An aerial image of Queens Boulevard and 56th Street. Cyclists can be seen in the bike lane.

 

Project Overview

The Department of Transportation is in the middle of an redesign along seven miles of Queens Boulevard. Queens Blvd is a Vision Zero Priority Corridor as part of the de Blasio Administration’s Great Streets initiative. DOT completed the first phase of the operational project in 2015. Phases 2 and 3 were completed in 2016 and 2017. DOT is currently planning the next operational phase in Forest Hills. Besides analyzing crash data, DOT is asking for the public’s feedback. 


Project Phasing

Each section will go through an operational project followed by a capital project. Operational projects are fast, effective ways for DOT to make temporary, in-house improvements to the street. The DOT uses materials like paint, gravel, and flexible delineators for operational projects. Capital projects take more time to plan and install, but they create more permanent improvements. New curbs and surfacing will be added, along with new trees, plantings, street lighting, etc.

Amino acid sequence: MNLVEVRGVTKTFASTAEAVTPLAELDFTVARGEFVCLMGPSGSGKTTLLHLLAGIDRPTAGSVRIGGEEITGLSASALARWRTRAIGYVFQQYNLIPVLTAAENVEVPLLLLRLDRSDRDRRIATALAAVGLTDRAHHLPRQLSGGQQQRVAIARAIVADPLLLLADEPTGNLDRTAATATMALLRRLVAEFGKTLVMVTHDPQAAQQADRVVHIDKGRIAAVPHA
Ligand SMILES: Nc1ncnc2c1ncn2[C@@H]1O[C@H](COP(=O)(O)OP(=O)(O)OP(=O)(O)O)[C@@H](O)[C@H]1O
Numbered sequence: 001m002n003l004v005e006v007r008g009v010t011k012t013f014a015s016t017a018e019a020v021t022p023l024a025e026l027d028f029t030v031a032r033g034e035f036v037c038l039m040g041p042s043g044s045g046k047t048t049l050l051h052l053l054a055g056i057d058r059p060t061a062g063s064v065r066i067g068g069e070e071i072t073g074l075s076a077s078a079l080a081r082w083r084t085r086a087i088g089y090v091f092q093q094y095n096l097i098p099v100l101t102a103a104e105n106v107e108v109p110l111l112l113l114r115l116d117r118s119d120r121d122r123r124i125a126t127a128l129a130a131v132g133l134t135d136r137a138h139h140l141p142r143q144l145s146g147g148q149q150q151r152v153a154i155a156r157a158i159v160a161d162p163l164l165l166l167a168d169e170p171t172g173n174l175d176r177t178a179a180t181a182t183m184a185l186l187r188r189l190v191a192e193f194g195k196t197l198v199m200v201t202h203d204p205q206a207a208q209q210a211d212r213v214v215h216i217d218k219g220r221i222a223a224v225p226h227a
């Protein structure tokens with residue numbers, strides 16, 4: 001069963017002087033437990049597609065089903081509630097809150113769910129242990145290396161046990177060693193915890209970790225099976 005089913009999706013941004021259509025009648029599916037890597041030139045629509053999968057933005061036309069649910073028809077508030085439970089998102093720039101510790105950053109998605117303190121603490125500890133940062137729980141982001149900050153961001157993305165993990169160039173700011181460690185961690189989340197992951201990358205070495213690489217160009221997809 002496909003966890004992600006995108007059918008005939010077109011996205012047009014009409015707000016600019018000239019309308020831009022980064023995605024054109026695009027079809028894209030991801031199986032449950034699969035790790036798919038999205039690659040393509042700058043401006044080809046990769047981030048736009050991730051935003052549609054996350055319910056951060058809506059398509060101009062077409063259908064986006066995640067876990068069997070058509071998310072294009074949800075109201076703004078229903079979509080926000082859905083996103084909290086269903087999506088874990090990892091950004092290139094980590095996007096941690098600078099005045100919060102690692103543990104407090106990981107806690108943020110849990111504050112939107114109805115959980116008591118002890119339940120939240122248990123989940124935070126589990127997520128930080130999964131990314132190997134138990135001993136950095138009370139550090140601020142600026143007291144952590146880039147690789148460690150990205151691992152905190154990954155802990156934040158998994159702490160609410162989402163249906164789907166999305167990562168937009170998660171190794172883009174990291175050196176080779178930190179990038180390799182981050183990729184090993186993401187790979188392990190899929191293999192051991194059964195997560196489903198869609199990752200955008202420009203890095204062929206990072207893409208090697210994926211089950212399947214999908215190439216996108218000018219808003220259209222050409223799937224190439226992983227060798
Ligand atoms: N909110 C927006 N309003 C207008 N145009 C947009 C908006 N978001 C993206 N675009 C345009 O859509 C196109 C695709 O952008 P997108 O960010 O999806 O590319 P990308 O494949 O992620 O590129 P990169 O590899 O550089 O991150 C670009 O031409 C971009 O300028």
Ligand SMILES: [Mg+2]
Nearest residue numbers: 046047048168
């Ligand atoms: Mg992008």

DOT will pursue project phasing for the following sections of Queens Boulevard:

Phase I - Roosevelt Avenue to 73rd Street

- Operational project completed in 2015.

- Capital project to be implemented in 2019.

Project Limits Map

Phase II - 73rd Street to Eliot Avenue

- Operational project completed in 2016.

Phase III - Eliot Avenue to Yellowstone Boulevard

- Operational project completed in 2017.

Phase IV - Yellowstone Boulevard to Union Turnpike

- Operational project to be completed in Summer of 2018. 


Outreach 

A DOT representative explaining the project to a resident of Forest Hills.

 

There is a clear and present need for safety improvements along Queens Blvd. It is in the top ten percentile of traffic injuries and fatalities for streets throughout Queens. Check out our Presentations & Data page to learn more background on Queens Blvd. In addition to analyzing these figures, DOT wants to know about your personal experiences on Queens Blvd. DOT needs to hear from pedestrians, motorists, and cyclists. DOT collected data through workshops and surveys. DOT also deployed to various locations within each of the neighborhoods. Such locations included libraries, community centers and directly on Queens Boulevard. Through the Street Ambassador unit, DOT will inform, educate, and listen to the public about improving Queens Blvd. Check out our Outreach & Events page to see our past events and take part in future ones.